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Progressive Life-Long Dyspnea

Michael Armstrong1, Anupam Banerjee2, Shawn P.E. Nishi MD3
1Edward Via College of Osteopathic Medicine- Virginia Campus, Blacksburg, VA
2University of Texas Medical Branch, Galveston, TX
3Division of Pulmonary & Critical Care Medicine, University of Texas Medical Branch, Galveston, TX



A 35-year-old male with a history of anxiety and depression presents to the office with a gradual onset of worsening dyspnea on exertion and decreased exercise tolerance. He has had trouble with this since his teenage years, but has noted significant progression over the past 1-2 years, now associated with trouble with endurance.  His symptoms are not present at rest and he denies any cough, chest pain, or pleurisy. Further history and physical exam led to obtaining CT imaging, which is shown below:


image 1



What is the diagnosis causing his shortness of breath?

  1. Blunt trauma to the chest
  2. Pectus carinatum
  3. Pectus excavatum
  4. Flail chest


Answer: C. Pectus Excavatum - The CT shows a concave chest wall deformity with cardiac displacement, most consistent with pectus excavatum (PE).



Pectus excavatum is a congenital abnormality of unclear etiology that occurs in roughly 1 out of every 400 births.  The typical progression of pectus excavatum begins with minimal to no symptoms during childhood with increasing symptoms as patients reach adolescence and become more active in sports. Dyspnea with exercise, easy fatigability, and decreased stamina and endurance are common complaints.1

Physical exam is usually notable for a male patient with a tall and athletic body habitus and a slouching posture.  There is a decreased anteroposterior diameter of the chest with an anterior chest wall concavity. Approximately half of these are asymmetric with the deeper portion of the concavity on the right and the sternum rotated posteriorly on the right.  Tachycardia and diminished chest wall excursion may be noted as well, secondary to the restrictive defect caused by the thoracic abnormality.1

The evaluation of the pectus excavatum patient is done by characterizing the severity of the deformity and assessing for any secondary cardiopulmonary consequences.  The severity is best shown by full inspiration CT and can be defined using the Haller severity index (also called pectus severity index – PSI), which is calculated by dividing the inner width of the chest at its widest point by the distance between the posterior surface of the sternum and the anterior surface of the spine.1  Normal PSI is <=2.5.  From the measurements taken from the image below, this patient’s Haller index was 4.3.  CT also has the advantage of showing the presence of cardiac compression and displacement.


Cardiopulmonary evaluation involves using echocardiography to evaluate for right atrial and ventricular compression, presence of mitral valve prolapse, and stroke volume which can be compromised. Cardiopulmonary exercise testing may also be useful and can demonstrate decreased VO2 max due to reduced stroke volume.  Pulmonary function testing can show decreased expiratory airflow and lung volumes as a result of compression of the thoracic cavity and poor expansion of the chest wall.2

During the evaluation of pectus excavatum, it is also important to consider any co-existing processes or conditions that may be present. Two of note are primary ciliary dyskinesia (PCD) and pulmonary non-tuberculosis mycobacterial (PNTM) disease as there is an increased occurrence of pectus excavatum in both.3,4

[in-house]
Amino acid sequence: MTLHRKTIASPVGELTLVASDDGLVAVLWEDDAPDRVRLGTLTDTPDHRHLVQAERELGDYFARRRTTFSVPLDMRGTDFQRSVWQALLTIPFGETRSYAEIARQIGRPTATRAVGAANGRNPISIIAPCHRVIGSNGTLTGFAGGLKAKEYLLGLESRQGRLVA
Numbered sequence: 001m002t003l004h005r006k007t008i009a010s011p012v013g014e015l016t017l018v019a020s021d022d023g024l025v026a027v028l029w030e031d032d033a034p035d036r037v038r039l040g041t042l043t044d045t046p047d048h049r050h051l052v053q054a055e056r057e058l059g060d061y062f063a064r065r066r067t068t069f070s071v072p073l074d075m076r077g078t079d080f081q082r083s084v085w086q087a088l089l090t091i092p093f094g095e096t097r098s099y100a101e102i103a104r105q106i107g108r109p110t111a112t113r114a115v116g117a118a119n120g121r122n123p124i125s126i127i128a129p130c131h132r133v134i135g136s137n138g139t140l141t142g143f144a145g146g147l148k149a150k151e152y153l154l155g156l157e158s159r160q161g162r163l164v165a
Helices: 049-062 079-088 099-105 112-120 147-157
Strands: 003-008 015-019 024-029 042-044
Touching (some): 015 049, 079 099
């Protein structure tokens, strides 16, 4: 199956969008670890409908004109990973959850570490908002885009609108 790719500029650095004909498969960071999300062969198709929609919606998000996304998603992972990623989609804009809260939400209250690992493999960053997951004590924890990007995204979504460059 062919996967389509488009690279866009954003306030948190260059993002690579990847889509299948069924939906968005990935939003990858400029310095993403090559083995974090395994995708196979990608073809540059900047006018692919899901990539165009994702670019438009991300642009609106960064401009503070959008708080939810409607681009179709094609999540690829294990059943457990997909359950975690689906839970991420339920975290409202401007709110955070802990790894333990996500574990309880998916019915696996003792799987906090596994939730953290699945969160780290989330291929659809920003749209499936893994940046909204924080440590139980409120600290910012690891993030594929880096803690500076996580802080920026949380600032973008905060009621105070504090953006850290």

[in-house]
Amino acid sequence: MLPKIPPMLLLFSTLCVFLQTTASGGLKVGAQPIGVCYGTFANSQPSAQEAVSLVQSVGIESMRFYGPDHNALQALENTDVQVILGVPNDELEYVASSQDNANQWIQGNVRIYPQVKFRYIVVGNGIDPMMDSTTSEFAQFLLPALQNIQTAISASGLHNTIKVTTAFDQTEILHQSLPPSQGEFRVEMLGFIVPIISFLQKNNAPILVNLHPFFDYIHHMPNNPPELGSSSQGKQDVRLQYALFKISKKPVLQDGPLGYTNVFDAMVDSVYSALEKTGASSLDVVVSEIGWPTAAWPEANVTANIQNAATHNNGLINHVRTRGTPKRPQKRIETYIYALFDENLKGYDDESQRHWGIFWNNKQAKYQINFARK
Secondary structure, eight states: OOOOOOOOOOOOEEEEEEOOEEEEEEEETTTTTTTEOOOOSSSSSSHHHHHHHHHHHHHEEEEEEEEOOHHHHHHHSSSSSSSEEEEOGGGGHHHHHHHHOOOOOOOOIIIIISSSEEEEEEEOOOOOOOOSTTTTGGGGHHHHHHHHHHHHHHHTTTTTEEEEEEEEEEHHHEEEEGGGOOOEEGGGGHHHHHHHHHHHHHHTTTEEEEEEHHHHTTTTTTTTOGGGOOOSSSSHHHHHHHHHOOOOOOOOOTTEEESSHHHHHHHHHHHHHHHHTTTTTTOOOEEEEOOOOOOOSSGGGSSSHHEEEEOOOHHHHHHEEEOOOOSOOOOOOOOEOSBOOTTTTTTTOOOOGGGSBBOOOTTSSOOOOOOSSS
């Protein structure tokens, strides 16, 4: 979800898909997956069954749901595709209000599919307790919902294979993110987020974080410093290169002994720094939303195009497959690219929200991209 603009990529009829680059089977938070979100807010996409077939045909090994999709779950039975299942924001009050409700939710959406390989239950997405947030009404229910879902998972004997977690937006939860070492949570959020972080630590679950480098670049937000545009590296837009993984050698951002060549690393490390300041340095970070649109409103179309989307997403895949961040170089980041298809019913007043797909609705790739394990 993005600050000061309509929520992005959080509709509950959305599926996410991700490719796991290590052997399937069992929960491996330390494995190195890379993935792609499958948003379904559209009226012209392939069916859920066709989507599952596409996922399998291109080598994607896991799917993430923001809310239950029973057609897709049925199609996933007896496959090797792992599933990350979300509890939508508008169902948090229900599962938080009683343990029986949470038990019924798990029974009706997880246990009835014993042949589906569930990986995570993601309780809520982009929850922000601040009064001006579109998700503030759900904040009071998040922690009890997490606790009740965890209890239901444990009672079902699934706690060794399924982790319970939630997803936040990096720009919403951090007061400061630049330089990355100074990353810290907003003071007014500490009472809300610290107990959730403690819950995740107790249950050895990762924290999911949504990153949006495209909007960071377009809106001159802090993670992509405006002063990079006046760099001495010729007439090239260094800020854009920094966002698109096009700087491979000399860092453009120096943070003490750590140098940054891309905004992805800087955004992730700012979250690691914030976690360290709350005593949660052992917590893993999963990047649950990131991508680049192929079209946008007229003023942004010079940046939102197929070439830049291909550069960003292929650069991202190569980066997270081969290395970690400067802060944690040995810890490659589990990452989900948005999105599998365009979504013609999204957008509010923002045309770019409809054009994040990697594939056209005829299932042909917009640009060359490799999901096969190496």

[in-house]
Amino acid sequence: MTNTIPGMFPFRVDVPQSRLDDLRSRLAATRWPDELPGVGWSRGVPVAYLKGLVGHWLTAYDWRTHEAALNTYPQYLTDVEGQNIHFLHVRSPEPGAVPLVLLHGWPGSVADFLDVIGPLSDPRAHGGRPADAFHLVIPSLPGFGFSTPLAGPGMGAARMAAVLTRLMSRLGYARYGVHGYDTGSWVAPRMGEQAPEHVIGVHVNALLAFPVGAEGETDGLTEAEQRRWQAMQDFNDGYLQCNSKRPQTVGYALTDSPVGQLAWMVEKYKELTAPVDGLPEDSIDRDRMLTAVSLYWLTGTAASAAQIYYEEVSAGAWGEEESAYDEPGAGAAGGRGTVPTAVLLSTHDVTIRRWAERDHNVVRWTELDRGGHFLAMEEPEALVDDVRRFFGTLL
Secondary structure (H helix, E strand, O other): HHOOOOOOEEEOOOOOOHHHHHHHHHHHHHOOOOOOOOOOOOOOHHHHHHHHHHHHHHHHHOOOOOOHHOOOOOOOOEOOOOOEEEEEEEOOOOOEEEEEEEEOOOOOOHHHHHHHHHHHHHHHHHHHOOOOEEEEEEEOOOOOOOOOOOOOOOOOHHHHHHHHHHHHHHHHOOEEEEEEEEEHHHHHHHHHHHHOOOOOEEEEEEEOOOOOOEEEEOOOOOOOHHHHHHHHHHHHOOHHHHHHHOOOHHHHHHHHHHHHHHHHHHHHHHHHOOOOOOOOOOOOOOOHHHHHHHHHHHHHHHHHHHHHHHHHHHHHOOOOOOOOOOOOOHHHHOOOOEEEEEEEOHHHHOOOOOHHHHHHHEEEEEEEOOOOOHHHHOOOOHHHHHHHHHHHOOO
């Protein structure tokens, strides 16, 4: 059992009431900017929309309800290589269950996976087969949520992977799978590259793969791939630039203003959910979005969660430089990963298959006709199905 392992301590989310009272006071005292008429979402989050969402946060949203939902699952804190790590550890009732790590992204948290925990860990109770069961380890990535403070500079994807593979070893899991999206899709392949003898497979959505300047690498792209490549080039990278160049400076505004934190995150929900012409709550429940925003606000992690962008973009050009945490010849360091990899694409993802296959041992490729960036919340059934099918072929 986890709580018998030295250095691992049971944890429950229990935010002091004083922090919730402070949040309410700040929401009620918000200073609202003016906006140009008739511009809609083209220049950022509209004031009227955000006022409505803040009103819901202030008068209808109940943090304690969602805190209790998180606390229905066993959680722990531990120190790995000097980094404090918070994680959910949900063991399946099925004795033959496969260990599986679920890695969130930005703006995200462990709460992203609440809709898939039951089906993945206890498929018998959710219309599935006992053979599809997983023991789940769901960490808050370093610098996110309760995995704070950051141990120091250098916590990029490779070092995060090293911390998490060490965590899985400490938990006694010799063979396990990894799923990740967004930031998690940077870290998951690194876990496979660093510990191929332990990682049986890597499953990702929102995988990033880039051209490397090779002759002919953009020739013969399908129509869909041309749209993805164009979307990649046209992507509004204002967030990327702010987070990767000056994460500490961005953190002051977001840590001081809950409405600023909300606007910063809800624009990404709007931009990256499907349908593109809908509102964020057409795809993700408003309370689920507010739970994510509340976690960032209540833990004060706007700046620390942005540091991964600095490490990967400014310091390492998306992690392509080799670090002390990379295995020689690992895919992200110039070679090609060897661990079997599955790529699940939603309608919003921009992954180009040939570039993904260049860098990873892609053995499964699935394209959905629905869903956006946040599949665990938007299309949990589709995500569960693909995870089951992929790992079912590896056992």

Surgical management is indicated when 2 or more of the following apply:

  • Chest CT showing cardiac and/or pulmonary compression, and a CT index of ≥3.25.
  • Cardiology evaluation shows cardiac and/or pulmonary compression, displacement, mitral valve prolapse, murmurs, or conduction abnormalities.
  • Pulmonary function testing shows restrictive and/or obstructive lung disease.
  • Failure of a previous repair.2

Two popular surgical treatments are the highly modified “open” Ravitch repair (HMRR) and the minimally invasive technique for repair of PE (MIRPE) described by Nuss.  With the HMRR, abnormal costochondral cartilages are removed, and the sternum is fixated with a metal strut so that the chest has a near-normal contour.  The MIRPE forgoes any cartilage resection and sternal osteotomy by placing a preformed convex bar through bilateral incisions so that it lies under the sternum.  This bar is then turned over so that the concavity is facing posteriorly, which raises the sternum and anterior chest wall to the desired position.  Both techniques lead to improvement in exercise tolerance, stamina, endurance and quality of life.1  The long-term success rate 1 year after bar removal in 903 patients who underwent primary Nuss procedure (MIRPE) was excellent or good in 96.6% of cases.5

This patient was referred for the Nuss procedure with improvement of symptoms 1 year later.



  1. Fonkalsrud EW.  Current Management of Pectus Excavatum.  World Journal of Surgery 2003; 27: 502-508.

  2. Kelly RE.  Pectus excavatum: historical background, clinical picture, preoperative evaluation and criteria for operation.  Seminars in Pediatric Surgery 2008; 17: 181-193.

  3. Knowles MR, Daniels LA, Davis SD, Zariwala MA, Leigh MW. Primary Ciliary Dyskinesia: Recent Advances in Diagnostics, Genetics, and Characterization of Clinical Disease. American Journal of Respiratory and Critical Care Medicine 2013; 188: 913-922.

  4. Kim RD, Greenberg DE, Ehrmantraut ME, Guide SV, Ding L, Shea Y, Brown MR, Chernick M, Steagall WK, Glasgow CG, et al. Pulmonary Nontuberculous Mycobacterial Disease: Prospective Study of a Distinct Preexisting Syndrome. American Journal of Respiratory and Critical Care Medicine 2008; 178: 1066-1074.

  5. Nuss D, Kelly RE.  Indications and Technique of Nuss Procedure for Pectus Excavatum.  Thoracic Surgery Clinics 2010; 20: 583-597.